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History of Beer


Though Spain is mostly known as a wine producing and consuming country, the truth is that beer is a very important beverage in the country as well. Like wine, beer is a fermented beverage so it is probably quite old as the technology for these kinds of drinks appeared very early. There are no certainties though as to who brought it to the peninsular. The formula may have been inherited from the Greeks or the Phoenicians who traded in the south of the country and some areas of the the Mediterrranean.

There are other theories that say it came with Lybian soldiers. Be it as it may, we have references from Pliny the Elder, who did not like beer from Hispania, that the Iberians drank far too much of it.

Unlike wine, Spanish beer went rather unnoticed in Europe for hundreds of years until emperor Charles V came to Spain from Flandes, brining with him his court and their strange customs. Charles was born in Ghentt in 1500. In time he would become the most powerful man in the world of his time, but as condition to access the Spanish crown, he must comply to learn Spanish and live in Castile. Flandes was not a wine producing country and therefore had quite a taste for beer, which the king imported to the Iberian country. The Charles hired a brewmaster from central Europe and installed a small beer factory in a monastery.

The Spanish beer factory was built next to the Manzanares' river bank due to the great quality of its water (the Spanish capital was Valladolid then, not Madrid by the way) and it functioned from 1537, manufacturing beer for the King, who liked to drink it ice cold, to his doctor's dismay, and it closed in 1558, when the king abdicated and retired to a monastery in Yuste (Cáceres).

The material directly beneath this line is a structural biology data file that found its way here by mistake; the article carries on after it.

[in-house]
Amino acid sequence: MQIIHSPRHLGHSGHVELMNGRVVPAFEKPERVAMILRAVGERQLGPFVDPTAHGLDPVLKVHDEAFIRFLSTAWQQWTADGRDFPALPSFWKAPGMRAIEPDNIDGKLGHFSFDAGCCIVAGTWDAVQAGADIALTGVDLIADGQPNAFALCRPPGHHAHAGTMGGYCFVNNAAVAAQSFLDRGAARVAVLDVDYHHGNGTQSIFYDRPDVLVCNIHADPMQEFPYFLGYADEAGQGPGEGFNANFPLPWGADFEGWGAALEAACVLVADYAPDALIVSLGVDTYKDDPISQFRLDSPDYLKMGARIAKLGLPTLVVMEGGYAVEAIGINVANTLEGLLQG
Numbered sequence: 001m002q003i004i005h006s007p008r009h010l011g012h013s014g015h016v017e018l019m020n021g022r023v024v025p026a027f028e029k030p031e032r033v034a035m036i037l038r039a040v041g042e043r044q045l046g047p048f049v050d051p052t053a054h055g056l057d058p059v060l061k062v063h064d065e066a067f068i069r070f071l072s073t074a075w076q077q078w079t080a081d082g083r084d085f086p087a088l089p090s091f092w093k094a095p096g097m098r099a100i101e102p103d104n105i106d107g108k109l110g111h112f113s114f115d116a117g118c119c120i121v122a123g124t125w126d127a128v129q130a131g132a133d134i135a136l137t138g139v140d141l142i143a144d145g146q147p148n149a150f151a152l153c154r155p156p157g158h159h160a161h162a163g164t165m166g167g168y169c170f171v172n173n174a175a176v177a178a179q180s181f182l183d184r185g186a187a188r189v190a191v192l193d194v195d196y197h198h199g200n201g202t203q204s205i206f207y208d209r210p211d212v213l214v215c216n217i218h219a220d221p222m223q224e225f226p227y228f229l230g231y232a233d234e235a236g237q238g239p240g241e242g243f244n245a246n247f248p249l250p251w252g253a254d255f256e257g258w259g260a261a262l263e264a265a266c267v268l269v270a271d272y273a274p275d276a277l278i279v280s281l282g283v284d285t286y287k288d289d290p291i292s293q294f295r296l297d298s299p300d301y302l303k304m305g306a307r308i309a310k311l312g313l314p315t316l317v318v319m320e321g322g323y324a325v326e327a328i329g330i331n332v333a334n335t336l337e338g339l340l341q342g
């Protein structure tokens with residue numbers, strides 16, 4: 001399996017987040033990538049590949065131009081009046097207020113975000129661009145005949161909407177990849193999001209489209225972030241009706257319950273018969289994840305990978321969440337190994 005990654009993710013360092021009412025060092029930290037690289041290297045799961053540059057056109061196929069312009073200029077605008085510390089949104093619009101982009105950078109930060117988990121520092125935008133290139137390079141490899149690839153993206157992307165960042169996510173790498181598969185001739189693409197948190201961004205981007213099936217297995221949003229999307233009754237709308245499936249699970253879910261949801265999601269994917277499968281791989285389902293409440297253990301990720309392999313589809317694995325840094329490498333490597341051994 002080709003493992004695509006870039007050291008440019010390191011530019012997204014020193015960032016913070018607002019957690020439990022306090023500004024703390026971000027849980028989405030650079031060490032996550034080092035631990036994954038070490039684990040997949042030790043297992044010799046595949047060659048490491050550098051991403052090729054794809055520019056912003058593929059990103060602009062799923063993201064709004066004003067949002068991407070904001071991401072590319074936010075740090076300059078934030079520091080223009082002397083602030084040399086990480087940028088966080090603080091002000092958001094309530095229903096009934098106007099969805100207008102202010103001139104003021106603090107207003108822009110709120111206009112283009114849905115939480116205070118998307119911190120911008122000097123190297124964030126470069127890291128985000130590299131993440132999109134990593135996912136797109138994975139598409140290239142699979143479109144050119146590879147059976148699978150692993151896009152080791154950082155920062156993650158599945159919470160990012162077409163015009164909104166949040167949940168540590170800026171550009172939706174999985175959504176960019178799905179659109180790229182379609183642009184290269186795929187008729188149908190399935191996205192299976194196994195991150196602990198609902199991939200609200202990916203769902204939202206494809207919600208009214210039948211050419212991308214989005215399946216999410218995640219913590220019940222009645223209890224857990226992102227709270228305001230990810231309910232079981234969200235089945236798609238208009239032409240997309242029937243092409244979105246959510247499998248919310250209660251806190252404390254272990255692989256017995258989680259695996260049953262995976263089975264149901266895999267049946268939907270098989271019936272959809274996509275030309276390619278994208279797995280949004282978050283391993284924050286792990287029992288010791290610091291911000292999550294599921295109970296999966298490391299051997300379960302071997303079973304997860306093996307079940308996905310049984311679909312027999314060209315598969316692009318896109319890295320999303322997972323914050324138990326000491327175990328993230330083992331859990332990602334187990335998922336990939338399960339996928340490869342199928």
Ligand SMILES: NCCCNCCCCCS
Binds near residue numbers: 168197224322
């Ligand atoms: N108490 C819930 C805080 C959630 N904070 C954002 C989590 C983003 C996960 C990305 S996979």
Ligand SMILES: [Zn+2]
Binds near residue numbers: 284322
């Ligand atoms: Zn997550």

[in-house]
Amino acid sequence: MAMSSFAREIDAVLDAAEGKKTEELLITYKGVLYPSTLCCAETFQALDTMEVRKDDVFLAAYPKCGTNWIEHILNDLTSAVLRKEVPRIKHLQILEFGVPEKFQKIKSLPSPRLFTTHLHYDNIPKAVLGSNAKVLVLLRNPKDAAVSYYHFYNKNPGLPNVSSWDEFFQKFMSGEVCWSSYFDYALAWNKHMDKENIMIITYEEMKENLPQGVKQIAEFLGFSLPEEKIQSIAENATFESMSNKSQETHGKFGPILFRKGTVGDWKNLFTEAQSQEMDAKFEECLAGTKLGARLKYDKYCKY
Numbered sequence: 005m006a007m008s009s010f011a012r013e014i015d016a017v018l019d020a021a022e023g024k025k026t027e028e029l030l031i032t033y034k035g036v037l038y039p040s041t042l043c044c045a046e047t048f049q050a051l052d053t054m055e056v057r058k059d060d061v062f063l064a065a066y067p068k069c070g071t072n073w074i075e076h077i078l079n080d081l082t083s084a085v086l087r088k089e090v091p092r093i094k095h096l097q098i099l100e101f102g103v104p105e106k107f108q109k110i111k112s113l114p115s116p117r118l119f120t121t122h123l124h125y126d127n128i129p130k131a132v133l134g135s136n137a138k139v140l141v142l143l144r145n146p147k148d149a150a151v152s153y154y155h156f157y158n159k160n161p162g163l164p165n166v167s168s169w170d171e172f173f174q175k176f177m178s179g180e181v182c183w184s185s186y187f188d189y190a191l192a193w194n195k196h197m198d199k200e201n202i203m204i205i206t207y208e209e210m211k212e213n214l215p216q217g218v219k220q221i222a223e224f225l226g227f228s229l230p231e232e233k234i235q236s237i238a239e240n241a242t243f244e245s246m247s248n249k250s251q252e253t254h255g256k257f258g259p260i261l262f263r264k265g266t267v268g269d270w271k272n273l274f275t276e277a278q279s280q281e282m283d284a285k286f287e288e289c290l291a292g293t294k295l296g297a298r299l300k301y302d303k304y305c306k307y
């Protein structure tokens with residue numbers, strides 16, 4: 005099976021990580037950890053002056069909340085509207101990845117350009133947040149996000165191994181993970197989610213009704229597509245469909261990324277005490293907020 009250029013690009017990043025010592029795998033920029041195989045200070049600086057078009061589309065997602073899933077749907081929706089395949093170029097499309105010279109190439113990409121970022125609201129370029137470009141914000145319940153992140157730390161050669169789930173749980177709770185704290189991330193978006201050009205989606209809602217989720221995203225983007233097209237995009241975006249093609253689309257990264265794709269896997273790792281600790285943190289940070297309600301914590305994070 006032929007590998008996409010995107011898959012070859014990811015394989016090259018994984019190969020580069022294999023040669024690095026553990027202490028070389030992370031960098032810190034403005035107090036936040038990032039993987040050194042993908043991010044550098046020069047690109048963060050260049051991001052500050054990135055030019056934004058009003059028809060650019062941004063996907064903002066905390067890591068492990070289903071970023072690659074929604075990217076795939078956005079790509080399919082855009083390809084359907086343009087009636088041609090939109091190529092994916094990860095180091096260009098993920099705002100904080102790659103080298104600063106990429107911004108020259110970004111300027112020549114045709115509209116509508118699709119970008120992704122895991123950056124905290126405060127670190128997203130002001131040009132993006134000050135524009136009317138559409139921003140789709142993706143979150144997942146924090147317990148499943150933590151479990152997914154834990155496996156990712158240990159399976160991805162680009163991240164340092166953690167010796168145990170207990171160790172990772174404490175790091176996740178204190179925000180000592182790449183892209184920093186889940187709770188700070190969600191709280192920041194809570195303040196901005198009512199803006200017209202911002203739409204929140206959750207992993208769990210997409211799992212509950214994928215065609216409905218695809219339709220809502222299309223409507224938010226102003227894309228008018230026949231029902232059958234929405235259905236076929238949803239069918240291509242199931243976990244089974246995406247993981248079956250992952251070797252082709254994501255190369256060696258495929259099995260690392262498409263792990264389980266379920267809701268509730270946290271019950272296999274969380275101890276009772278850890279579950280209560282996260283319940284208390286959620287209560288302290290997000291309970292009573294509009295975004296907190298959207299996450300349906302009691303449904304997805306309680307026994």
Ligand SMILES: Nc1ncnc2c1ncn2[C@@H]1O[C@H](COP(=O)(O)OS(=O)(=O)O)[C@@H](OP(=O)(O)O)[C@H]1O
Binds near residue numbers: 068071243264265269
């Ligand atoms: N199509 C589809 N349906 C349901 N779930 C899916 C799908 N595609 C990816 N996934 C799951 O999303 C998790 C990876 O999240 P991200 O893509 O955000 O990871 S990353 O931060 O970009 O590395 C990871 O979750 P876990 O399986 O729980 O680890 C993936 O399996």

However the king's taste for beer was not shared by the people, who hated him. His son and successor Philip II commanded the reestablishment of beer production in the riviera of the Manzanares, in this case Spain was the capital of Madrid, since the courts had been recently been transfered from Valladolid to the current capital. The number of large factories of Spanish beer varied from then on, but despite the fact that beer had no popularity to speak of, from then on there would always be beer production in Spain.

Still the commoners and gentry alike did not really have a taste for the golden beverage. Perhaps it really didn't have much to do with king Charles V at all, but rather the fact that wine in Spain was good and cheap.

Spanish beer factories in Madrid opened in 1611, most named after their owners, who were either Flemish, Alsacian or German, anything but Spanish. Soon some rules and regulations were made in regards to beer manufacture, among them the ingredients: wheat, barley and hop. If anything else was used the responsibles would suffer a penalty.

Even so, no one in Spain really liked beer and most references we find don't give any praise. Only during the beginning of the 20th century did it gain enough popularity for large factories to open. Mahou (Madrid) opened in 1890, Águila in 1900, Cruz del Campo (today Cruzcampo) in 1904 and Damm in 1910.

However the dice did turn and during the 60's it became the prefered summer drink for two reasons: it's low alcoholic content and that it was very refreshing. Unlike previous centuties, beer came to be cheaper than wine, perhaps this fact contributed to its increasing popularity.

Nowadays, beer is one of the drinks of choice when you head to a Spanish bar and can often be cheaper than most soft drinks! It is not uncommon for people to order a 'caña' which is a small glass of beer and then be served with a tapa as well. These small glasses of beer mean that you can drink the beer and it doesn't go warm by the time you get to the bottom as it might with a pint glass. It also means that is easier to hop from one bar to another as it doesn't take long to finish a caña. 'Cañas y tapas' is a great thing to do with your friends that you might meet in Spain.